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Citizenship for Children of Immigrants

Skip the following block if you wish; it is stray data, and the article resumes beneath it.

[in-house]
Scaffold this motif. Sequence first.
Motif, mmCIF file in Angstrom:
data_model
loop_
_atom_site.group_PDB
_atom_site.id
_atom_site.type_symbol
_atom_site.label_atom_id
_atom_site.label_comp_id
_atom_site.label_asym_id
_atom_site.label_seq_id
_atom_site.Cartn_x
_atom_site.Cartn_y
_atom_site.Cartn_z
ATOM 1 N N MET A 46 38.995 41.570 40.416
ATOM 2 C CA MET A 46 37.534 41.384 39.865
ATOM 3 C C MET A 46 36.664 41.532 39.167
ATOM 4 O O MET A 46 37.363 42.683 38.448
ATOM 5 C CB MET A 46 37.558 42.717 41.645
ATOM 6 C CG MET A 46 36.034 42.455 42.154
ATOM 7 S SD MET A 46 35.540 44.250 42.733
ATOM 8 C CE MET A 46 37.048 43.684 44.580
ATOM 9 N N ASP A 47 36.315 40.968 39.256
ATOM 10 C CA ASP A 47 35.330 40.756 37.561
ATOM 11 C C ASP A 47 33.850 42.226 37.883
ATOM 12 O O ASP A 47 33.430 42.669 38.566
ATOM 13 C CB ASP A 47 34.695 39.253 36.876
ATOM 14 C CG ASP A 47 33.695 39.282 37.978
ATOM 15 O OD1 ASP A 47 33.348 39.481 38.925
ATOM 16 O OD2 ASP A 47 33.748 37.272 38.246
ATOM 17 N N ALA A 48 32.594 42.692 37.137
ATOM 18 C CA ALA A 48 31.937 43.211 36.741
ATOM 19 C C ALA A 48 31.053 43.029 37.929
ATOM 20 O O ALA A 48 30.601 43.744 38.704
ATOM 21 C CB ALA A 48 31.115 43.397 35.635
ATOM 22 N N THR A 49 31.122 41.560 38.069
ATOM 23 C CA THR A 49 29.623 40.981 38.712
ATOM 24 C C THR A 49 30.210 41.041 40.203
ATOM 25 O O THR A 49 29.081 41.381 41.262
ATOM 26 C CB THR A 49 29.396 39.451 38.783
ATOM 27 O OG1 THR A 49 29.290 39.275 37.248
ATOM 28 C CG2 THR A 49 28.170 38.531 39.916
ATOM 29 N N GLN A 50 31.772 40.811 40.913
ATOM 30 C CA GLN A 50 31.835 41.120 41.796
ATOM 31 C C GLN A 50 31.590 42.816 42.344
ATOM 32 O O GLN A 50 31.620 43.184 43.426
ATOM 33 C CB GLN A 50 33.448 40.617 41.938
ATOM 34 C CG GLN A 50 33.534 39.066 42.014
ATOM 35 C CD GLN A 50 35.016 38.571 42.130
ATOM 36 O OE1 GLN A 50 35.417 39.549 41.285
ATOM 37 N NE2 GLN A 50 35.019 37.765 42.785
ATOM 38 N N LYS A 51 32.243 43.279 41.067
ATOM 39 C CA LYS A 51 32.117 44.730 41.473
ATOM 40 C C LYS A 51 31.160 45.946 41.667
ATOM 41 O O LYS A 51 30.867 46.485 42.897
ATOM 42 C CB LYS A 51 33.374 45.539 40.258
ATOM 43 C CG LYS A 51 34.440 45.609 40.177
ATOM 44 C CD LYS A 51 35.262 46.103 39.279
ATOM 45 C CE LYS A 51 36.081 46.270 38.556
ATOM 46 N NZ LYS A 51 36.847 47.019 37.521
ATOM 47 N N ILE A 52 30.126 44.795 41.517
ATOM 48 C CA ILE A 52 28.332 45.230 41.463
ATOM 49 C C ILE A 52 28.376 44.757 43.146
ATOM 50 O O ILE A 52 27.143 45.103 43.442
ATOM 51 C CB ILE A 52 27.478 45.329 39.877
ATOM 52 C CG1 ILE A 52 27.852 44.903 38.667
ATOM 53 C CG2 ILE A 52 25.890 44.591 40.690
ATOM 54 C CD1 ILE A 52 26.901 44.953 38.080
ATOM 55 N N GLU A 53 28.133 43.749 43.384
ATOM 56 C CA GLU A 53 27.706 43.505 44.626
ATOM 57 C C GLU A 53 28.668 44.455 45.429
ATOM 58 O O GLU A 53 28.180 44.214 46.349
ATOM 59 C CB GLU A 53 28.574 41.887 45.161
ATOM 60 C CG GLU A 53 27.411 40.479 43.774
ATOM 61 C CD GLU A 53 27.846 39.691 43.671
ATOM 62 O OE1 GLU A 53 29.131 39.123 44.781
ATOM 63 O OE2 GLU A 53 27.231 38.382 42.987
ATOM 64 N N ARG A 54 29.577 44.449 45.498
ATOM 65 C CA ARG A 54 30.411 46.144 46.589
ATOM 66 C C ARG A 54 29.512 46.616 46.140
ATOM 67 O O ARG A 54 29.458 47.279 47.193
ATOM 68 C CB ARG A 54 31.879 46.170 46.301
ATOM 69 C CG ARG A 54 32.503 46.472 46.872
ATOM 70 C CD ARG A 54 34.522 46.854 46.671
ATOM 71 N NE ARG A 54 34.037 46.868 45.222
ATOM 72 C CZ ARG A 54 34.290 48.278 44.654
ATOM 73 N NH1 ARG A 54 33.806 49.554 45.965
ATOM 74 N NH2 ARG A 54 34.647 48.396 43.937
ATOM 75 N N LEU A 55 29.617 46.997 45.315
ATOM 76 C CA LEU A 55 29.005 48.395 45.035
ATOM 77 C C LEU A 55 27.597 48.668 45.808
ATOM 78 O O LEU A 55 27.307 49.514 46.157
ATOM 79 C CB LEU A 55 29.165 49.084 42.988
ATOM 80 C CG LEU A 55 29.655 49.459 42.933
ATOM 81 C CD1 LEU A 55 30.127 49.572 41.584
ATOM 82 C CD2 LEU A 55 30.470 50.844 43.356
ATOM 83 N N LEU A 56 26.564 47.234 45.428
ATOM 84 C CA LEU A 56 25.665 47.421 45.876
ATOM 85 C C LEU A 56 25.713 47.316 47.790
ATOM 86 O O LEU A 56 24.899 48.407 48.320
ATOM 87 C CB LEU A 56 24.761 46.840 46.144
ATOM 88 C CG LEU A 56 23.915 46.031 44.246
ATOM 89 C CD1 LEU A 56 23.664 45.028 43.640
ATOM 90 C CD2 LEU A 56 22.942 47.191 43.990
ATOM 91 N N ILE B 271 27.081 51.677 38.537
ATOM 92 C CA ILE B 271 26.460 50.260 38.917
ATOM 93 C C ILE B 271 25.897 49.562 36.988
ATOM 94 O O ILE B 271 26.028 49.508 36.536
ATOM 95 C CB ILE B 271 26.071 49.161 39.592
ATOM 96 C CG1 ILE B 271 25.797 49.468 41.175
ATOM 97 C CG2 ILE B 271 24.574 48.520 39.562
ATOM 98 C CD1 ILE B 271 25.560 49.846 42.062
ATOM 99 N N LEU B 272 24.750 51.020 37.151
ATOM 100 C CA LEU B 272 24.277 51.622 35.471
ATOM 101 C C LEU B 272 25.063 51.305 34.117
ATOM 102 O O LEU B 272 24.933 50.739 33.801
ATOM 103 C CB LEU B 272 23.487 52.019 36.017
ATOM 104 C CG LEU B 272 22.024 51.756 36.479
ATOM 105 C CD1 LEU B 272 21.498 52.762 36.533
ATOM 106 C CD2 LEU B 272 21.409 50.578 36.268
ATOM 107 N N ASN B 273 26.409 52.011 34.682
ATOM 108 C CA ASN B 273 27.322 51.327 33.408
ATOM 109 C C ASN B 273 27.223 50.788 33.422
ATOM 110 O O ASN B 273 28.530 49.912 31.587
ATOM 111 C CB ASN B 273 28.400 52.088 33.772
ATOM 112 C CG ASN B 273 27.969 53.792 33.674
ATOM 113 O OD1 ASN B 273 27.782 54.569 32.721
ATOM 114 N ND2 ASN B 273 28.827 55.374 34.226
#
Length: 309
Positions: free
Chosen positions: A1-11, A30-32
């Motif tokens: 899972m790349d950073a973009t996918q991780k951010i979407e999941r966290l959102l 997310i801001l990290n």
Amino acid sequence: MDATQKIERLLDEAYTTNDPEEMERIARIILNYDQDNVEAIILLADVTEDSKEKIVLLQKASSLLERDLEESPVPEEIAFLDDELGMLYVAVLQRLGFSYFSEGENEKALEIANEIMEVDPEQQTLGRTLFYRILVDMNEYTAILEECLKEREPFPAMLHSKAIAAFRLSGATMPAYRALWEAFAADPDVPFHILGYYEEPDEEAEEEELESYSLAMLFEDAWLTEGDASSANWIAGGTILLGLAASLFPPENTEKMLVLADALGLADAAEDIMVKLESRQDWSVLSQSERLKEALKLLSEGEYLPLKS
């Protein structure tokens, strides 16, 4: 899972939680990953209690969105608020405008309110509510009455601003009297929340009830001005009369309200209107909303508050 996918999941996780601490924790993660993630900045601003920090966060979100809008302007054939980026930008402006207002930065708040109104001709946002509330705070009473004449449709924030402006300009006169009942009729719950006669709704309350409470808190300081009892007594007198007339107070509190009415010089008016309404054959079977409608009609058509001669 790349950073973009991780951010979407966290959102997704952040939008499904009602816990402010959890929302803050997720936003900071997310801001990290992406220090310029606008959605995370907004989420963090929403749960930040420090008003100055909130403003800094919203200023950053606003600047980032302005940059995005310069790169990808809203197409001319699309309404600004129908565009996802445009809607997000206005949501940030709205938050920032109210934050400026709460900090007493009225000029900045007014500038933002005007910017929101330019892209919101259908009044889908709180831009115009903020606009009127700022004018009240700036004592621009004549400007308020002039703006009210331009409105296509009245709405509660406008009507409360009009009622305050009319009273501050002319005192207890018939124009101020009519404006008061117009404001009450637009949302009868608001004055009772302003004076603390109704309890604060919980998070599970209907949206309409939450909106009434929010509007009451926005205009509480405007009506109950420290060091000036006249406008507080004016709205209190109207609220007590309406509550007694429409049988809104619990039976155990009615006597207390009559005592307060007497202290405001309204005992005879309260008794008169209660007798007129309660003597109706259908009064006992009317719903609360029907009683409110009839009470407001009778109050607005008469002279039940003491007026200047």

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Opinions vary regarding laws that focus on the rights for children of legal immigration. Children of illegal immigrations tend to be more publicly accepted than their parents or older family members, particularly when these children have lived in the United States since a young age. Children of parents who are illegal immigrants are not usually considered to be criminals in the eyes of the public; the general consensus stands that they never had a choice but to move with their families when they were young. For many, the United States is all they know.Children born to parents considered to be illegal immigrants on United States soil fall into a different category. Children who are born in America are automatically made citizens, regardless of their parents' status of citizenship. Often, many illegal immigrants make a conscious decision to illegally immigrate in order to provide a better life for their future children. As a result, these children of immigration are endowed with the same rights and privileges as any individual born in the United States.Currently, an estimated 300,000 children are born in the United States every year to parents considered to be illegal immigrants--many of whom come in order tor provide their children with better health care, education, and benefits. Children of immigration are given specific advantages, but since the respective immigration status of their parents does not change, they still face a future of uncertainty and fear.There is also an extraneous benefit that their parents receive as a result of the legality of citizenship of their children. Immigrants, both legal and illegal, can be sponsored for citizenship by their children once the children turn 21.As per usual, Americans are split about this implication of the issues surrounding this de facto citizenship. Some feel that it is necessary to provide a higher quality of health care to these children, as well as a better education than what they would receive had their parents given birth them in their original country of origin.Major segments of the population disagree with this assertion as they argue that the children of immigration are endowed with rights they simply do not deserve; they have the right to seek employment, attend college, and receive benefits without ever having to obtain visas Although the central idea of granting rights to children of immigration is often challenged, the 14th Amendment makes this a requirement.Those who oppose the law claim that it is unfair to provide a child who is born in the United States legal citizenship due to their parents' illegal immigration. Furthermore, adversaries argue against this determination because of an alleged networking effect of illegal immigration that tends to manifest itself in the form of family members of illegal immigrants wishing to join their familial counterparts in illegaly residing in the United States.